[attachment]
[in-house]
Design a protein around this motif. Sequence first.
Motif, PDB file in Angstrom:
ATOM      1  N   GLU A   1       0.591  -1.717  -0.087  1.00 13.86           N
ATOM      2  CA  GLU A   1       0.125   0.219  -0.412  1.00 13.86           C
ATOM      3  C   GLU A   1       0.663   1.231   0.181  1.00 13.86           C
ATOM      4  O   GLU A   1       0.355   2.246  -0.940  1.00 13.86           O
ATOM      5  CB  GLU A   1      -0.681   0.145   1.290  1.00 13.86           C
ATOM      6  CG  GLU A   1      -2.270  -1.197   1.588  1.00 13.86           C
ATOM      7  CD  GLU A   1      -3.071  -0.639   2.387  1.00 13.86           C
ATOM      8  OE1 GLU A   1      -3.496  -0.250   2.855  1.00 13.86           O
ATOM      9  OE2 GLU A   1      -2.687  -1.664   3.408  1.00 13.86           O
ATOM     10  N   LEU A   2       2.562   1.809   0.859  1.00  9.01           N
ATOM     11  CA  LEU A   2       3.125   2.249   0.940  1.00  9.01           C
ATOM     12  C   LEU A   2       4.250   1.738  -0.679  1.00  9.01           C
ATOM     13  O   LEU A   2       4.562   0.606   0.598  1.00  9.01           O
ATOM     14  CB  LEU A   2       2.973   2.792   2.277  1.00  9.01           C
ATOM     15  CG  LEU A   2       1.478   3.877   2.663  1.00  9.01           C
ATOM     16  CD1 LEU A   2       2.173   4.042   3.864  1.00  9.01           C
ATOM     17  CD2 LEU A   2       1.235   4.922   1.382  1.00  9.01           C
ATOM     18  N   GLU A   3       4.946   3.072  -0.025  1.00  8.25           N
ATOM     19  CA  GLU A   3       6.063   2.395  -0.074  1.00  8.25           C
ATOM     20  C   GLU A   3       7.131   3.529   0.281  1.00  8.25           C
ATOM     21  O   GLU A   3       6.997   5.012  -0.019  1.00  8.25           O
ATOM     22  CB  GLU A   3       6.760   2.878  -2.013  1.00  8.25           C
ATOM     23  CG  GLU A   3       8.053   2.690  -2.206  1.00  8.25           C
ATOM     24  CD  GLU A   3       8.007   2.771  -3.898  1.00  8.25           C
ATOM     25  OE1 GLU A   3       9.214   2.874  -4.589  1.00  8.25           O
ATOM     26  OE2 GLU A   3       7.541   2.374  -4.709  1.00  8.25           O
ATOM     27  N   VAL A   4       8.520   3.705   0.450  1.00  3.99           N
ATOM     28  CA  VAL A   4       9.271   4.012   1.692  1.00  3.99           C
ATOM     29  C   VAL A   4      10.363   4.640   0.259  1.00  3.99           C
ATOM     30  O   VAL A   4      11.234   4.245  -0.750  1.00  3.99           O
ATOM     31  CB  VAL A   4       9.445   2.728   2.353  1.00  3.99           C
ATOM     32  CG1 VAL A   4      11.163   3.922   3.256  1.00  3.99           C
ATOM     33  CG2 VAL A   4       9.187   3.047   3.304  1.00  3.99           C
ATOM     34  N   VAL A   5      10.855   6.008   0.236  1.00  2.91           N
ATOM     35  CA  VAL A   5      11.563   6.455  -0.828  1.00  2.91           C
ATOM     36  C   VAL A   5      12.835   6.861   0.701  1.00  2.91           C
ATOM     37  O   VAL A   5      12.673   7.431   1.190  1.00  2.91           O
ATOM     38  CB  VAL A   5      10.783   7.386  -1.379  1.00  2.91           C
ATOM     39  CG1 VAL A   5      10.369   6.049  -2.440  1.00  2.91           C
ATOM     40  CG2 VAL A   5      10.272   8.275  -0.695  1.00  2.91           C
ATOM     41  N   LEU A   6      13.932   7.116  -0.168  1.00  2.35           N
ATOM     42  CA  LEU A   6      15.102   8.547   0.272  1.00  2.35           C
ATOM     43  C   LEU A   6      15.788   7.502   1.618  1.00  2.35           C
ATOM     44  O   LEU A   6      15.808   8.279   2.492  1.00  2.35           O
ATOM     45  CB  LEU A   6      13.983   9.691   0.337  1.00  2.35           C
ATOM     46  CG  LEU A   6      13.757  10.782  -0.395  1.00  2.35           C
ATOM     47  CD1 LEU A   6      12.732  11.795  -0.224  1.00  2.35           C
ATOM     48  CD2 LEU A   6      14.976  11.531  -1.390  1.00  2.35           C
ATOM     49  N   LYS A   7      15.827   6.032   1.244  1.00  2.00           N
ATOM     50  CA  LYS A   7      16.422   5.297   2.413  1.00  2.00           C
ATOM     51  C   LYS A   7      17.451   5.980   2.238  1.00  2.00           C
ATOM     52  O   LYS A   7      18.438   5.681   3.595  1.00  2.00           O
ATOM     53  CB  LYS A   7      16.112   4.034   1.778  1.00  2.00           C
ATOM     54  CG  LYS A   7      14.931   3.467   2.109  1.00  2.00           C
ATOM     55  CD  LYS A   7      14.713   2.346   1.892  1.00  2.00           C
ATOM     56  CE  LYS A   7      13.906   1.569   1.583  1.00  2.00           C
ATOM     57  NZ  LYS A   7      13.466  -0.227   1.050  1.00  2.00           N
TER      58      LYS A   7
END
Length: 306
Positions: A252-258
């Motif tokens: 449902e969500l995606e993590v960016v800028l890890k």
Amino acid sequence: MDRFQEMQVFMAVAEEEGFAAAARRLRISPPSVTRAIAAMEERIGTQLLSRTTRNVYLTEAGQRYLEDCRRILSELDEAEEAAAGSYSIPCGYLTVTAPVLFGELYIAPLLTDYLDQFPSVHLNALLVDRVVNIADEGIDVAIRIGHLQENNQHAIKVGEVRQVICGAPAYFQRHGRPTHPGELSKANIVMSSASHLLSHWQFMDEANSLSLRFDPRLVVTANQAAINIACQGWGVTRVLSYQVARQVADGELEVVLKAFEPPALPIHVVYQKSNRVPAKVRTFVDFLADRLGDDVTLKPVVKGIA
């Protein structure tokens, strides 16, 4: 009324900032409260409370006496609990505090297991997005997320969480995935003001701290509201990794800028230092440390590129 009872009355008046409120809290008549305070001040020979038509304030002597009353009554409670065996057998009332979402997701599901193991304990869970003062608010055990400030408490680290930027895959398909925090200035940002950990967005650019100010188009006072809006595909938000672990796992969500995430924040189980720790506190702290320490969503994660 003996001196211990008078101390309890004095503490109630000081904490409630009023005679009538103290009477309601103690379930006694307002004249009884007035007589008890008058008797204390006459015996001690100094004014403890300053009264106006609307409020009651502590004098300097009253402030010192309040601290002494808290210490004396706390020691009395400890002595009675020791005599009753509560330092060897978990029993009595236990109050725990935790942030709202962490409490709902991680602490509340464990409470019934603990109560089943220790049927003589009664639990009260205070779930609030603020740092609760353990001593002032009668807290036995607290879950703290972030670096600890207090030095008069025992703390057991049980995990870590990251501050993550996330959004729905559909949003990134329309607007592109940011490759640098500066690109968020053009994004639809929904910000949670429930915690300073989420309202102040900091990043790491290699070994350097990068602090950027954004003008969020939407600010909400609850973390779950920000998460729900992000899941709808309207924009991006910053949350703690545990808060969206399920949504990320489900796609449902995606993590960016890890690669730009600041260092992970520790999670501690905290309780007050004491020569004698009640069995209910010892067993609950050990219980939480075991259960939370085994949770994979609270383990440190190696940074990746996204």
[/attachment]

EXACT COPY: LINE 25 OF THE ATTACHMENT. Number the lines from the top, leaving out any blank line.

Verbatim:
ATOM     22  CB  GLU A   3       6.760   2.878  -2.013  1.00  8.25           C